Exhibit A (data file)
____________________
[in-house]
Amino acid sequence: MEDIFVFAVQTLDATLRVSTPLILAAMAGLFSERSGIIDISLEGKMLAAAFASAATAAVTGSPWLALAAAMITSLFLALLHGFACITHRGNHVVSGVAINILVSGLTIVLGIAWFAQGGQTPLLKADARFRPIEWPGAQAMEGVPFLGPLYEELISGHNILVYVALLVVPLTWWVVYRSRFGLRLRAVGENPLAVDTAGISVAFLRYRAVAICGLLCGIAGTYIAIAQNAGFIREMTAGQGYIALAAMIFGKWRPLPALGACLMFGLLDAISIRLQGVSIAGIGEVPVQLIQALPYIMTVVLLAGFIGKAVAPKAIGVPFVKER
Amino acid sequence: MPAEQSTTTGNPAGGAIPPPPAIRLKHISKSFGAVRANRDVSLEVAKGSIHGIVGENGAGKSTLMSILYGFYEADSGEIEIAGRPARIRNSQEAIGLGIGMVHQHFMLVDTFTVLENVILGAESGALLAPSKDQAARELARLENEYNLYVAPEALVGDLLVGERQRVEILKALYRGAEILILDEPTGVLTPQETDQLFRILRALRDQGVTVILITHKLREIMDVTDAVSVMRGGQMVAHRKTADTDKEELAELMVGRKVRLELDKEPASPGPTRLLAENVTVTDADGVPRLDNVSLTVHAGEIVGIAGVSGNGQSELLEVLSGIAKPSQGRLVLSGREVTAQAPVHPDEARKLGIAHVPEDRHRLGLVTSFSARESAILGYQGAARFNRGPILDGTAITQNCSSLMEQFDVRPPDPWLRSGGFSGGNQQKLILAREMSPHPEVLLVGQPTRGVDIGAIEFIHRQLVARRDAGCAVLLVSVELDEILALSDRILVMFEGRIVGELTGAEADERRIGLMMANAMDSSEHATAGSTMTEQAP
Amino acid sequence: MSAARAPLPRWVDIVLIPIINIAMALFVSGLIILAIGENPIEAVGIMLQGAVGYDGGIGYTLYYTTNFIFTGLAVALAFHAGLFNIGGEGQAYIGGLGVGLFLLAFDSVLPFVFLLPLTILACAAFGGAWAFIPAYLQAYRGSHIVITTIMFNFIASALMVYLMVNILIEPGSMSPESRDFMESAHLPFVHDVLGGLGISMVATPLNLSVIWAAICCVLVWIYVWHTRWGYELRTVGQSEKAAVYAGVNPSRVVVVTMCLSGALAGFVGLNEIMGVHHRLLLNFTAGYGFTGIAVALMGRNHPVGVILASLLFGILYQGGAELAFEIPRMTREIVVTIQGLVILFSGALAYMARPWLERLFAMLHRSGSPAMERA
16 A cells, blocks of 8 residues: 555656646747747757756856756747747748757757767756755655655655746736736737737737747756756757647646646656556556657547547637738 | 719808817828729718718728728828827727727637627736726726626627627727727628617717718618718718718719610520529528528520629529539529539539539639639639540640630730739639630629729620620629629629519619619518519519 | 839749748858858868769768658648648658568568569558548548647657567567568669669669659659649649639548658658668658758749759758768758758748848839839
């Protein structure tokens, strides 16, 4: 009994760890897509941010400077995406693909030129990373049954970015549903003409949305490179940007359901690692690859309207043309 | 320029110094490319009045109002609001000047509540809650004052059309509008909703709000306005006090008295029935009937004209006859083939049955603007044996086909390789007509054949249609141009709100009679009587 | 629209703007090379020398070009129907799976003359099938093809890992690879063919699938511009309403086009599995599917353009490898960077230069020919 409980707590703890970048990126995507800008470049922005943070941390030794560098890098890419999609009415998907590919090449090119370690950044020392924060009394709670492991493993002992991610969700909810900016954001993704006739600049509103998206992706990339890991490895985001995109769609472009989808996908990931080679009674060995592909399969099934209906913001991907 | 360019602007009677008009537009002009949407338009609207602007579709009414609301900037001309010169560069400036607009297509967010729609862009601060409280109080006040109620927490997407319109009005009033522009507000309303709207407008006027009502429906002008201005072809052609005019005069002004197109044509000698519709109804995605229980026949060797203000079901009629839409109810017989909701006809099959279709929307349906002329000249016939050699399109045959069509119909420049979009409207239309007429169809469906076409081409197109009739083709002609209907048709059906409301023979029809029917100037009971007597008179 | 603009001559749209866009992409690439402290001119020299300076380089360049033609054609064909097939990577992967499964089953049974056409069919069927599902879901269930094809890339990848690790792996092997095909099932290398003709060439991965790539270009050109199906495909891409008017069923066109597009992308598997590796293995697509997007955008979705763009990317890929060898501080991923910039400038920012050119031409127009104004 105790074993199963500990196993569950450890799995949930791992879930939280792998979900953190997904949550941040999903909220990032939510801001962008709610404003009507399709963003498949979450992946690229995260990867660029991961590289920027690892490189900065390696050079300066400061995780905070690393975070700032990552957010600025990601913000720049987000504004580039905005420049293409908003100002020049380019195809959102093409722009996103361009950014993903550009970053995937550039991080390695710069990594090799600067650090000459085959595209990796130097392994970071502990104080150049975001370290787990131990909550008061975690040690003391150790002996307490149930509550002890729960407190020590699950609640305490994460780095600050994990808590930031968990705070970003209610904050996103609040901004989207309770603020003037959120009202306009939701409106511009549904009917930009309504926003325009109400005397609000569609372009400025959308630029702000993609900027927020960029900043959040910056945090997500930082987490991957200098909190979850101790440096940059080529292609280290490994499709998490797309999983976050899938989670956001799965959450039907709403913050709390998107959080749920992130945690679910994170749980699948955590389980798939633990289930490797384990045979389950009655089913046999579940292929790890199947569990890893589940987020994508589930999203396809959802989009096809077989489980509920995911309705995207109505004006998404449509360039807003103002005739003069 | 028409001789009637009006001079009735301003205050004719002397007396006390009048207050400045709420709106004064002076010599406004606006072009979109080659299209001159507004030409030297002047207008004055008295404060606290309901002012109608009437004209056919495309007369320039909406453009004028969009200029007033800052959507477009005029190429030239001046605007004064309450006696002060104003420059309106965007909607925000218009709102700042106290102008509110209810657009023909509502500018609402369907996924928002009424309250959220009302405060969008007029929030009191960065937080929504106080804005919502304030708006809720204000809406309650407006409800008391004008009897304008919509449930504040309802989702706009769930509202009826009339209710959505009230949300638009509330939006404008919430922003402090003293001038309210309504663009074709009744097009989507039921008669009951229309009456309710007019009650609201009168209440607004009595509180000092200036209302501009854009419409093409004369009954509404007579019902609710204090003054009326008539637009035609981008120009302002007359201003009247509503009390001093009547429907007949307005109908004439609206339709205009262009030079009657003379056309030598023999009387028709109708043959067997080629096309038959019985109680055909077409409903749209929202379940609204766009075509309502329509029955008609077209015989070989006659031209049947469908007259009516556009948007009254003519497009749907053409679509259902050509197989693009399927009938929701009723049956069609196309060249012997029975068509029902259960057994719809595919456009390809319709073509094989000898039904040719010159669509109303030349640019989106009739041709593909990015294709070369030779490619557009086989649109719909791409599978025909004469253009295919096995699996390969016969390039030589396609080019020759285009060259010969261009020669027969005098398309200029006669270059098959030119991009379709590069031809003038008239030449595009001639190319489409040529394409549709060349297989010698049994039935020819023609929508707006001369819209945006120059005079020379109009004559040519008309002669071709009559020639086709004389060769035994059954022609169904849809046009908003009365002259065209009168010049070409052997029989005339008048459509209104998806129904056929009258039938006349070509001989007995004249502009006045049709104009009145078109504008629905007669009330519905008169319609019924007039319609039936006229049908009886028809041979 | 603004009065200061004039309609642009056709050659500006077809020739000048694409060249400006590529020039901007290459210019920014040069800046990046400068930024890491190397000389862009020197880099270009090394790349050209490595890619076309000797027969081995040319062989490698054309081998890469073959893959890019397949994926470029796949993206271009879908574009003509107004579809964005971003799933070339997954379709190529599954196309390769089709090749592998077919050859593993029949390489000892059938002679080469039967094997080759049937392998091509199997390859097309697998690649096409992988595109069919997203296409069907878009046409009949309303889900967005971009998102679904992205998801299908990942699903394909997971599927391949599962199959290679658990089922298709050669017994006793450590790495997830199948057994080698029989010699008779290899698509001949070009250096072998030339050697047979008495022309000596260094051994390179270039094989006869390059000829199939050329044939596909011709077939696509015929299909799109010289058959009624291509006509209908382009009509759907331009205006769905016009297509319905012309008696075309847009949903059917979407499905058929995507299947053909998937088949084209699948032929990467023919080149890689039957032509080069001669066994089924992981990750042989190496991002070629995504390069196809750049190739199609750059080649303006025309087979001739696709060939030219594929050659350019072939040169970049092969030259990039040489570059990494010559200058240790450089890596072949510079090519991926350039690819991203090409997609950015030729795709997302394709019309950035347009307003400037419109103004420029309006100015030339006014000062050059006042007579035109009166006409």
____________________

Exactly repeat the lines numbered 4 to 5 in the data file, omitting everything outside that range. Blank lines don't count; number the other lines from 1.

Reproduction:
Amino acid sequence: MSAARAPLPRWVDIVLIPIINIAMALFVSGLIILAIGENPIEAVGIMLQGAVGYDGGIGYTLYYTTNFIFTGLAVALAFHAGLFNIGGEGQAYIGGLGVGLFLLAFDSVLPFVFLLPLTILACAAFGGAWAFIPAYLQAYRGSHIVITTIMFNFIASALMVYLMVNILIEPGSMSPESRDFMESAHLPFVHDVLGGLGISMVATPLNLSVIWAAICCVLVWIYVWHTRWGYELRTVGQSEKAAVYAGVNPSRVVVVTMCLSGALAGFVGLNEIMGVHHRLLLNFTAGYGFTGIAVALMGRNHPVGVILASLLFGILYQGGAELAFEIPRMTREIVVTIQGLVILFSGALAYMARPWLERLFAMLHRSGSPAMERA
16 A cells, blocks of 8 residues: 555656646747747757756856756747747748757757767756755655655655746736736737737737747756756757647646646656556556657547547637738 | 719808817828729718718728728828827727727637627736726726626627627727727628617717718618718718718719610520529528528520629529539529539539539639639639540640630730739639630629729620620629629629519619619518519519 | 839749748858858868769768658648648658568568569558548548647657567567568669669669659659649649639548658658668658758749759758768758758748848839839